Rev. Kelly Murphy Mason

Scripture Readings: Paul’s First Letter to the Corinthians

Focus Quote: For it is written: I will destroy the wisdom of the wise, and I will set aside the understanding of the experts.  Where is the philosopher? Where is the scholar? Where is the debater of this age? Hasn’t God made the world’s wisdom foolish? For since, in God’s wisdom, the world did not know God through wisdom, God was pleased to save those who believe through the foolishness of the message preached. For the Jews ask for signs and the Greeks seek wisdom, but we preach Christ crucified, a stumbling block to the Jews and foolishness to the Gentiles. But to those who are called, both Jews and Greeks, Christ is God’s power and God’s wisdom, because God’s foolishness is wiser than wisdom, and God’s weakness is stronger than human strength. (1.19-25) 

Meditation: Fat Tuesday has come and gone, as has Ash Wednesday; the Lenten season has officially begun, whether or not we noticed its impending inception, whether or not we managed to mark its start with ashes. Lent is now leading us – as it inevitably does – to Maundy Thursday, the night when Jesus broke bread with his disciples at their Last Supper. Contrary to popular perception, Lent does not end with Easter Sunday, but earlier. 

Maundy Thursday signals the beginning of another time, the shortest cycle of the church year, the Triduum, containing Good Friday and Holy Saturday, all in anticipation of Easter Sunday, which is of course a liturgical event in its own right, the very holiest day of the year. Lent has already ended when Jesus and the disciples are eating and arguing at their Passover meal. Jesus is reckoning with his certain capture and execution on the cross, while his disciples are trying to avoid those as eventualities or even as topics of discussion. The disciples have different and (they believe) better notions about how Jesus’ ministry should culminate, more ambitious ones, I suppose, more august.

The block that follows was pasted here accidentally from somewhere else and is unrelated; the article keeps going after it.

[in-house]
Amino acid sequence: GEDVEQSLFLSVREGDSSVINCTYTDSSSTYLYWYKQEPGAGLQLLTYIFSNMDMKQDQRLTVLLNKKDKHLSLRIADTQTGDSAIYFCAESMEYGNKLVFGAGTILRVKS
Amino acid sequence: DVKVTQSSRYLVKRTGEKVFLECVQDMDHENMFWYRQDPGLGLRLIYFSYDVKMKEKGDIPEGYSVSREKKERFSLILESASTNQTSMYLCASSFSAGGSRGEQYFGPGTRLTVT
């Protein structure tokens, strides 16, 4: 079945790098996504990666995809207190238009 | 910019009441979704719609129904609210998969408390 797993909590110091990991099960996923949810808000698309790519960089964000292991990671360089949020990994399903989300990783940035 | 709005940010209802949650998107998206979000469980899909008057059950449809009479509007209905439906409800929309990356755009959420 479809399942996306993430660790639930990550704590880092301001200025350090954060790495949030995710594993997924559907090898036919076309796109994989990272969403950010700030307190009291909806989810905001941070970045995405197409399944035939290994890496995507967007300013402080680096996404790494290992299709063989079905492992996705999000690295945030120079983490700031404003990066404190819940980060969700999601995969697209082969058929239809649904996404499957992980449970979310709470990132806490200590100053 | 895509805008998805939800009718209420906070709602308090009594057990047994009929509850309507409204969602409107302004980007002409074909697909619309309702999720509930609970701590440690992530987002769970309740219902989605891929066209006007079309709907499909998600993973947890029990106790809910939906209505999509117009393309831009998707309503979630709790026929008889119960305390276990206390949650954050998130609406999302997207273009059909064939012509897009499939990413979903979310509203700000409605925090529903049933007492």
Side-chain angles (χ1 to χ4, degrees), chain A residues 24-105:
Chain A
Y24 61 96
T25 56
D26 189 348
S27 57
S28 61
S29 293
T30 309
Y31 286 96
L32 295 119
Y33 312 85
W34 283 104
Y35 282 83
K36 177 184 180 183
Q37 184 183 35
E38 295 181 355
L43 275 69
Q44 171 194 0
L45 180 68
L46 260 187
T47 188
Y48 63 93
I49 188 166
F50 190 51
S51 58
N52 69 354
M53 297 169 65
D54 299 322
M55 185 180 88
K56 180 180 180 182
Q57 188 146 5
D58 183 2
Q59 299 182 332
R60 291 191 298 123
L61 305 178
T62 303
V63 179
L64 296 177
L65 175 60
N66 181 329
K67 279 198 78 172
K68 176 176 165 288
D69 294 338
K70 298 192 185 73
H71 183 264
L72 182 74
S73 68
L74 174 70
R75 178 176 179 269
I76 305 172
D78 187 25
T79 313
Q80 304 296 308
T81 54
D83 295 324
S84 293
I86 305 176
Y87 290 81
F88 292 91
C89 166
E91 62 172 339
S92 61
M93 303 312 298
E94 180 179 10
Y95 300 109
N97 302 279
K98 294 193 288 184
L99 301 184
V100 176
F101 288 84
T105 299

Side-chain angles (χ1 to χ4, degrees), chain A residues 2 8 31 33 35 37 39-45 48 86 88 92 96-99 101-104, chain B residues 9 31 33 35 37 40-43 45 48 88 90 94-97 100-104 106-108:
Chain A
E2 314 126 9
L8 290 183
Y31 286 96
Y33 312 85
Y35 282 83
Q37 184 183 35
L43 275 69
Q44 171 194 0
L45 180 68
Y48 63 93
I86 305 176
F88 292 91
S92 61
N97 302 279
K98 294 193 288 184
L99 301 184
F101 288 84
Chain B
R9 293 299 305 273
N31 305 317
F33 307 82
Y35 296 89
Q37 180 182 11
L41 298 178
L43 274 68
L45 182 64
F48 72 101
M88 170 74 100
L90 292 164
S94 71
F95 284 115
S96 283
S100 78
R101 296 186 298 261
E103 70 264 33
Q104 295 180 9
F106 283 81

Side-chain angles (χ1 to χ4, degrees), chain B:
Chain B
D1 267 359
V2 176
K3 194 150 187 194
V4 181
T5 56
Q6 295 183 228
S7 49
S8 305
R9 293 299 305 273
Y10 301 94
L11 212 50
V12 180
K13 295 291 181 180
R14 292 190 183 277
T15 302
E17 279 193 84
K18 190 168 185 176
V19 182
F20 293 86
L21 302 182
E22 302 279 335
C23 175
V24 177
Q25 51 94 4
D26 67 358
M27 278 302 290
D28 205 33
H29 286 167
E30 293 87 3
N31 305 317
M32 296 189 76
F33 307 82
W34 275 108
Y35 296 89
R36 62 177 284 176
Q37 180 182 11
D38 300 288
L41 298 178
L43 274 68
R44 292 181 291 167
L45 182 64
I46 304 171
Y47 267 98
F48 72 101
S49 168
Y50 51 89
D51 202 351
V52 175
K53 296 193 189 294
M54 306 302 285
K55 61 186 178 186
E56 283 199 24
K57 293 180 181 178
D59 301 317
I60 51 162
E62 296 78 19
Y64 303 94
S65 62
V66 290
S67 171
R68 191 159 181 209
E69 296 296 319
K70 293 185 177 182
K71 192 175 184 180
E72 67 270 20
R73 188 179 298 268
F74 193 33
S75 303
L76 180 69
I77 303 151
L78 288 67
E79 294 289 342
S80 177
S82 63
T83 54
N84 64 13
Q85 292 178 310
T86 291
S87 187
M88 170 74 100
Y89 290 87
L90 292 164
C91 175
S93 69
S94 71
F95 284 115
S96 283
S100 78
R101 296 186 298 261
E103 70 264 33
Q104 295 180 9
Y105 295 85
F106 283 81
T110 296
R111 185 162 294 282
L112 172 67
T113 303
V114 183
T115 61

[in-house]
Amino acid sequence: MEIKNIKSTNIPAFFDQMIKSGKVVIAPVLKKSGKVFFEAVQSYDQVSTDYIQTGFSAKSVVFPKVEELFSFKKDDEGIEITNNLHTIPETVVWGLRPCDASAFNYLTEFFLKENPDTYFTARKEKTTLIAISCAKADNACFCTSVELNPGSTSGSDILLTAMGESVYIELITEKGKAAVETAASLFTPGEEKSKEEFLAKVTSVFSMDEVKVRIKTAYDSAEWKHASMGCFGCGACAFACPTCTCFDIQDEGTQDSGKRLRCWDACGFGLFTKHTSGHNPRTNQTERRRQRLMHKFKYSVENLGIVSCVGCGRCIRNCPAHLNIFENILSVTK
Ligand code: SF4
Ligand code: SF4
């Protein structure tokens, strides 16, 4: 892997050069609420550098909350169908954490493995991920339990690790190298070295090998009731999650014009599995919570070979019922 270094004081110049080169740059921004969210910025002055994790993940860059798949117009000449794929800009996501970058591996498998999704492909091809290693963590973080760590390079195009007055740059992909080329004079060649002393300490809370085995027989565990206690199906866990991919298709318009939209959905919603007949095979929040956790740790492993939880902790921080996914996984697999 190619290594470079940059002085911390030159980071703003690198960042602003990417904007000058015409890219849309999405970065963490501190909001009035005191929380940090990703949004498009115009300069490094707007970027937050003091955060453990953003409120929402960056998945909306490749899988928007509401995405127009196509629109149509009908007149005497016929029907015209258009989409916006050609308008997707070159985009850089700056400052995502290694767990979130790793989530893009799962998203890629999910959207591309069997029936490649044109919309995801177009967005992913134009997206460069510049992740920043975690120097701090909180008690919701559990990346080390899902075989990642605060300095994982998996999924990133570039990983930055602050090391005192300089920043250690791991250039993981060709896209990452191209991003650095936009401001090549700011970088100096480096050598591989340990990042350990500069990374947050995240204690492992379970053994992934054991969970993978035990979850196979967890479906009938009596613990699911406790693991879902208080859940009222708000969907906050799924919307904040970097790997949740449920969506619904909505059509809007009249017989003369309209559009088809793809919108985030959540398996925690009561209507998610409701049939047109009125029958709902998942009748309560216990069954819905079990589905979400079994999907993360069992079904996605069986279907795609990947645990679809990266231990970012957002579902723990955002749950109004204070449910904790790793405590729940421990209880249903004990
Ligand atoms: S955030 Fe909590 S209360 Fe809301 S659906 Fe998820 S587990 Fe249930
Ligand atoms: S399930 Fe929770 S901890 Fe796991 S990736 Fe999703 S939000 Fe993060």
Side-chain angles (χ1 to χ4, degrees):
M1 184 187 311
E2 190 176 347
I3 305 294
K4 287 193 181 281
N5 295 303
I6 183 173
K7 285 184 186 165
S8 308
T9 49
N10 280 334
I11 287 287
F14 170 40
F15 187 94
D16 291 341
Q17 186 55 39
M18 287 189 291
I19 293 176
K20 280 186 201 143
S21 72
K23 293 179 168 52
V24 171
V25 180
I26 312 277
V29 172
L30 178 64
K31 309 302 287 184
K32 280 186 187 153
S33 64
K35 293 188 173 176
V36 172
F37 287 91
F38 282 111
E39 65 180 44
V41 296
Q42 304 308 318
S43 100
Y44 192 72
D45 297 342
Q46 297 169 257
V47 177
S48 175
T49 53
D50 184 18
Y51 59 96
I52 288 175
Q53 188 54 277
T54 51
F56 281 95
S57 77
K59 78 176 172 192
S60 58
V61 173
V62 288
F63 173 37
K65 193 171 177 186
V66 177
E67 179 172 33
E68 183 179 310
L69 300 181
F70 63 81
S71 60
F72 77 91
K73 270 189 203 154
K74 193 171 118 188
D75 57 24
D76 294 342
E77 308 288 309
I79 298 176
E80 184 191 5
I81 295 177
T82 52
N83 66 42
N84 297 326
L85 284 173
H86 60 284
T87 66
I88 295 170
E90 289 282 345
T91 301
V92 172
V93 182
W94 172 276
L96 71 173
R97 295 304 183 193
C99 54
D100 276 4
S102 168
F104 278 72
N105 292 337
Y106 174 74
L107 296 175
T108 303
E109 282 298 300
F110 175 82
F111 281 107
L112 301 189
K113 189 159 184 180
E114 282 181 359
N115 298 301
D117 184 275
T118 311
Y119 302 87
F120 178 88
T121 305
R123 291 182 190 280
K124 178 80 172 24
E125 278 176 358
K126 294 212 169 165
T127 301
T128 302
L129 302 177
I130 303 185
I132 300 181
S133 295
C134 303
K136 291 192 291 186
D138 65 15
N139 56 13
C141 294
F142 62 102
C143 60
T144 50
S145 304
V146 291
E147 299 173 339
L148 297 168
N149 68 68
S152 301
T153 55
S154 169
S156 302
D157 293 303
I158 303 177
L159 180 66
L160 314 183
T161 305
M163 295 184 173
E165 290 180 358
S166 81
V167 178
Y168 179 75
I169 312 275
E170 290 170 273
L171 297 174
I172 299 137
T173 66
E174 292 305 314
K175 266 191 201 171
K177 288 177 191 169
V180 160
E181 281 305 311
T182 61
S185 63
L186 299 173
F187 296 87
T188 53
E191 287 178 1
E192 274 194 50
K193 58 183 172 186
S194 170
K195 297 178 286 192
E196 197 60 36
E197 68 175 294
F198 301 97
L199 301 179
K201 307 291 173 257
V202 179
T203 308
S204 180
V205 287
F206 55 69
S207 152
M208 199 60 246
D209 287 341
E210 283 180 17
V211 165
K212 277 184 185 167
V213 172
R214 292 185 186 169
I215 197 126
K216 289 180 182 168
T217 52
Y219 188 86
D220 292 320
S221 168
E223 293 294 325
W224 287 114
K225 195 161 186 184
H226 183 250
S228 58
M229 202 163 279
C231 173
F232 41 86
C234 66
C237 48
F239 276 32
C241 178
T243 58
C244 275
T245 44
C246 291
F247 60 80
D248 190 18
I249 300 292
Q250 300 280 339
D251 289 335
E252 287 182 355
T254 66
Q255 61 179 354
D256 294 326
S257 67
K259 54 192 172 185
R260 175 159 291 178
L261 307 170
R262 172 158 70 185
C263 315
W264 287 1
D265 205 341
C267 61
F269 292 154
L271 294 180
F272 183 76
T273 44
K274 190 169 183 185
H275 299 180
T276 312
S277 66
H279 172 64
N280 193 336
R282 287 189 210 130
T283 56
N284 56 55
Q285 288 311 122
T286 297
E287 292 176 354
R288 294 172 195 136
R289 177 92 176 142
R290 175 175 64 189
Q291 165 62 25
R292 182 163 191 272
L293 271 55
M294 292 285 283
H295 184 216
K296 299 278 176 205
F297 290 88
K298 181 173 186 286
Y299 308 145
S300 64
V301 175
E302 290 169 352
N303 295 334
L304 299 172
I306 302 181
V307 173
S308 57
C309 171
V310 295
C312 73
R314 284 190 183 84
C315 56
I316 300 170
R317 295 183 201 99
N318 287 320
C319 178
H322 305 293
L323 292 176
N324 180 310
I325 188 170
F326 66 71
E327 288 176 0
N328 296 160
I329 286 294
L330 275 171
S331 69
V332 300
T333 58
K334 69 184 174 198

Yet those of us who call the Christian story our own must “preach Christ crucified,” as Paul tells the new Christians in Corinth. Lent gives us many days, several weeks, actually, to discern what the Crucifixion means for us, to determine what conceivable wisdom it could communicate to us. It seems so often to confound our understanding. Why should this itinerant Jew who preaches love, teaches spiritual humility, and heals the wounded be ruthlessly, brutally slain? Where is the logic in that? And what could possibly cause unlikely Easter to follow?

Lent, Triduum, and Easter are intended to up-end our notions about what constitutes heavenly power and how God’s will is made manifest in our midst. Together these sacred seasons conspire to call into question our own timetables, false idols that they are. We tend to think that we have a pretty good idea about what needs to happen when and why, especially in our daily lives. Quite frequently we are wrong.

Focusing Questions: “Hasn’t God made the world’s wisdom foolish?” Paul asks. Hasn’t God’s foolish wisdom served to disturb our worldly ways, or at least give us cause to doubt some of our rationales? Our Easter faith ought to do that much and then much, much more. We preach Christ crucified and risen. This Lent, let us start to wonder why we do that same thing. Let us start today, at the latest. Let us start, humbly, to wonder.

Prayer:  Oh God whose foolish wisdom instructs us in the ways of the spirit, teach us to question the ways of the world, and teach us to turn our minds to you, especially during this Lenten season. Keep our thoughts always trained on the highest good. Amen